Every now and then, you can capture a snapshot of the scientific process at its worst (and paradoxically, its best, too). The trick is to look at the Letters or Perspectives section of your favorite scientific journal.
In this case, I happened to come across an argument between two sides in what I will call the Great Eukaryotic Melee (there are probably more than just two sides in this debate, but only two are reflected on these pages). Actually, the debaters seem to be rather more well-behaved than I suggested above, but it is true that these fights do sometimes turn ugly.
The central issue? How did Eukaryotes evolve. Let’s review some basics.
There is an old argument that creationists like to trundle out from time to time, called the Watchmaker Argument. It’s been roundly defeated by evolutionary biologists (many times over), but I’d like to address a part of it that most modern evolutionists skip over, because it’s an interesting philosophical exercise.
In 1802, William Paley published, Natural Theology, which was an extended argument in favor of the existence of God, and a refutation of the current ideas about evolution. Astute readers might have noticed that 1802 was 57 years before the publication of On the Origin of Species by Charles Darwin. In fact, Darwin took the arguments in Natural Theology very seriously and went to great lengths to refute them. I suppose he might have had it in front of him while he composed his treatise, although I’m not enough of a historian to say.
Anyway, the central argument of Natural Theology goes like this. Say you’re walking along, thinking evolutionary thoughts to yourself, when you come upon a pocket watch. The watch was probably planted there by a creationist, but that’s neither here nor there. Anyway, you pick up the watch and examine it, and immediately understand that it is a complex device that was been made by a watchmaker. It did not just pop up out of the ground like a stone.
During the Industrial Revolution, naturalists in England noticed that the incidence of normal, light-colored peppered moths (Biston betulari) had become scarce in the vicinity of various urban centers. Instead, they were finding a melanistic (dark colored) variety. At the same, time, pollution had caused the local trees to get darker. In 1896, J.W. Tutt proposed that this change was an example of natural selection. The light moths lost their camouflage effect when they sat on the new dark trees, so they got eaten by the local birds. Hence, the moths with the gene for melanism fared better and became prevalent.
The issue was hotly debated and thoroughly investigated through the first half of the twentieth century, and has since become one of the best known and best supported examples of natural selection. You probably remember it from your high school biology class.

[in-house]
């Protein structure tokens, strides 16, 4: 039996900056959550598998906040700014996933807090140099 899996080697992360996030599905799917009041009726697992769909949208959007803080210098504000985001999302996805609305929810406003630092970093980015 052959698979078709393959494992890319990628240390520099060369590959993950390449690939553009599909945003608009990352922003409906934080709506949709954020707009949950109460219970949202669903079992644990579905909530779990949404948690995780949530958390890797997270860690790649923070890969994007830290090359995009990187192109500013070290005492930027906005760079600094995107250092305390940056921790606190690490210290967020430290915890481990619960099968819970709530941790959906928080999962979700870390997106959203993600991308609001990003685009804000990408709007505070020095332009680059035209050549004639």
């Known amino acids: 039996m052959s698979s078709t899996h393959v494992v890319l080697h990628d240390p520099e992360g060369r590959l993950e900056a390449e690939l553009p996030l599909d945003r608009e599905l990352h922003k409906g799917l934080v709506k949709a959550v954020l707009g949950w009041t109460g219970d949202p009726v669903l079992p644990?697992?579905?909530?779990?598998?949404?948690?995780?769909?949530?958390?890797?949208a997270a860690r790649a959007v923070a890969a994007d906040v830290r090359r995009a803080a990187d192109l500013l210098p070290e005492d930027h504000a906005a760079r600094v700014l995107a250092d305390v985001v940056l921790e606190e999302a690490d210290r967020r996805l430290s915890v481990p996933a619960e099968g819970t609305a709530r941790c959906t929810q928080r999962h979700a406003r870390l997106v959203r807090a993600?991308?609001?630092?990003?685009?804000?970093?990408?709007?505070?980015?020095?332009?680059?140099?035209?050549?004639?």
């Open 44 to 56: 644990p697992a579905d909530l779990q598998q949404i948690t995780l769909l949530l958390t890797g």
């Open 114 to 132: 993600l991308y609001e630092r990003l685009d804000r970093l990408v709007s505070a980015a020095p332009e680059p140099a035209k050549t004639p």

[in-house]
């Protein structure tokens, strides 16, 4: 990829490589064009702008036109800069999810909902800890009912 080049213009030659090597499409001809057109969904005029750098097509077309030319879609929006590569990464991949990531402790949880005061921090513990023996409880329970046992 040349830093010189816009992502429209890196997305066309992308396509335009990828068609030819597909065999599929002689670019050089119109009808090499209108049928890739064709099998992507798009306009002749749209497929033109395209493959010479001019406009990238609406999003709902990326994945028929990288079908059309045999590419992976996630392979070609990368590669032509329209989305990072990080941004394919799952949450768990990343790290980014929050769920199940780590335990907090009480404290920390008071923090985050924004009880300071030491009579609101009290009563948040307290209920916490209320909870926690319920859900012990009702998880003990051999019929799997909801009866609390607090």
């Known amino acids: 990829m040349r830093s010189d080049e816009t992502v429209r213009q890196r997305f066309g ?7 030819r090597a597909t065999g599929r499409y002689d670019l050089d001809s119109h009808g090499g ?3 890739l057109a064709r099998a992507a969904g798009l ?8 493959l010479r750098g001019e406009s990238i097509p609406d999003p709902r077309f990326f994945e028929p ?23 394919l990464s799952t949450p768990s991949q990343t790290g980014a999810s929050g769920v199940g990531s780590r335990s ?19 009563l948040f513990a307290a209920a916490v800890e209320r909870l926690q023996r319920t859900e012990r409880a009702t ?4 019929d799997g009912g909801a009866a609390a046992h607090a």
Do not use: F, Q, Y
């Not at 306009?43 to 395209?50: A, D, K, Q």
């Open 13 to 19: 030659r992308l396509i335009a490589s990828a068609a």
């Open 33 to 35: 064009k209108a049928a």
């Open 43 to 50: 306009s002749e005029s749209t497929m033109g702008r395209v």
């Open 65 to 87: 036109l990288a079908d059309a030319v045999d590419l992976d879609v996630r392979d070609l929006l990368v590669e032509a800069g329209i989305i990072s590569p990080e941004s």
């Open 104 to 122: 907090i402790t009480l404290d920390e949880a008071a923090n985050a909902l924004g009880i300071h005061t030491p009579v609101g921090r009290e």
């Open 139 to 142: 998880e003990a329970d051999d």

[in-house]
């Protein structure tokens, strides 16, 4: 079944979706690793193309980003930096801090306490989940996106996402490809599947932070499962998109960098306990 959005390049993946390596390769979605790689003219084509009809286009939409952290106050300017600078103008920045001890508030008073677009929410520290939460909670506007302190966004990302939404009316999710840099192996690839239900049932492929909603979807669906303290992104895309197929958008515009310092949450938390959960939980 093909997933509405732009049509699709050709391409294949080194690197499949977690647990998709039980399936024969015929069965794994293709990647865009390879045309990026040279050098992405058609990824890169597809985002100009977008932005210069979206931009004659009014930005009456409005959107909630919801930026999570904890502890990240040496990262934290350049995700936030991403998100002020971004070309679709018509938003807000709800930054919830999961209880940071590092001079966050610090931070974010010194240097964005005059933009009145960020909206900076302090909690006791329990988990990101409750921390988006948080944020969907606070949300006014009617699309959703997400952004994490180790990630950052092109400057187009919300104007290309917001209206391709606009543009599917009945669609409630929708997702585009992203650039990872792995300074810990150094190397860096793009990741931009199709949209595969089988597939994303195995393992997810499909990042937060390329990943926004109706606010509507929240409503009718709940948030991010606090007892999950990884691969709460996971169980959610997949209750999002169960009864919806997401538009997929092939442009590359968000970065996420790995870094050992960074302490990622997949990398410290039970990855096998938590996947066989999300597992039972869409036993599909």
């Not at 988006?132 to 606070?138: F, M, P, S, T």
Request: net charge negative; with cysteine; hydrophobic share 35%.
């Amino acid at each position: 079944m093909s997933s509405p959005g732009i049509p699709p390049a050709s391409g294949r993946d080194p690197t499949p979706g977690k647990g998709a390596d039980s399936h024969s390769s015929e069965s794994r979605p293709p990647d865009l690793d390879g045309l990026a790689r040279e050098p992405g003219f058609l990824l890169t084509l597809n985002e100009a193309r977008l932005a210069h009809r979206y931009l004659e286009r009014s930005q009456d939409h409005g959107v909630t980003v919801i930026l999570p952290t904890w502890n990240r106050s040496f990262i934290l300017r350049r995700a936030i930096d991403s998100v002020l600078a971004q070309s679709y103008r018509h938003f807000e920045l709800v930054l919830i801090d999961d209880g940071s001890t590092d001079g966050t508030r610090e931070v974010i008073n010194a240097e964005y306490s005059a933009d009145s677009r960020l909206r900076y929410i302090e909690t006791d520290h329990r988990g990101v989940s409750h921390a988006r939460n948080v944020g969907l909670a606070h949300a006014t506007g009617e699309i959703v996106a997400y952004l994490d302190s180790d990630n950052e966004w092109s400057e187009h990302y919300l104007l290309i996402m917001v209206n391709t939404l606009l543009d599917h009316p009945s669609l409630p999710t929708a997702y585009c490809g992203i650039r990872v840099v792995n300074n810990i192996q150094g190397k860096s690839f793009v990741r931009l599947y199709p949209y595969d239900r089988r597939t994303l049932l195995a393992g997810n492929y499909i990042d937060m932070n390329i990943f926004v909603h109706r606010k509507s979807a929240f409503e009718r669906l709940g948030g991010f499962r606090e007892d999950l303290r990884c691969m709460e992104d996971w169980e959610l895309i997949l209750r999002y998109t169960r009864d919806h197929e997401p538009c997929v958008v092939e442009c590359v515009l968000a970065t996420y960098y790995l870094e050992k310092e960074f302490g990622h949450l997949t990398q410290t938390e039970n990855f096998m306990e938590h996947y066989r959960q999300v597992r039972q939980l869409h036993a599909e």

How do we learn about extinct things? Can we use evolutionary theory itself to help us? Yes, but first we need to take a heuristic detour into space.
Suppose you’re an alien from another star system, maybe a thousand light-years from ours. Your scientists pick up radio wave transmissions from Earth, but they are garbled. You know there’s a civilization here, and you can figure that the transmissions came from the third planet, but you don’t have much more detail yet. So, you pack up your spaceship and head over our way.
Unfortunately, in the intervening time, us silly humans manage to blow up the Earth. When you arrive in the Sol system and come out of cryosleep, all that’s left here is a shiny new ring of asteroids where our big blue marble used to be. (Sigh …it happens.)
Well, the time has come to talk about dinosaurs. In a blog about evolution, it was inevitable. Dinosaurs are, so to speak, the elephant in the room.
It is widely believed that dinosaurs are big and go “Rawr!’. While it is certainly true that dinosaurs go “Rawr!” (of course, there’s a Santa Claus, boys and girls!), it happens that many were not very large.
Some were, of course, brain-meltingly huge. But others were the size of a chicken. In fact dinosaurs came in such a diversity of sizes and shapes, that talking about dinosaurs is a bit like talking about mammals: there are just too many of them to be able to generalize much. Mammals can be giant like an elephant – or a whale – or they can be tiny like a shrew. And they’ve changed dramatically over evolutionary time. Same thing with dinos: the first dinosaurs were quite different from the ones that got smacked down by that asteroid at the end of their reign.
But there’s one thing that seems to have remained the same over the entire age of the dinosaurs: the carnivorous ones always had a bipedal stance. From Allosaurus to Velociraptor, they all seem to have run on two beautifully engineered legs. Herbivores came in a surprising array of shapes both two-legged and four; but carnivores? Just the two-legged variety.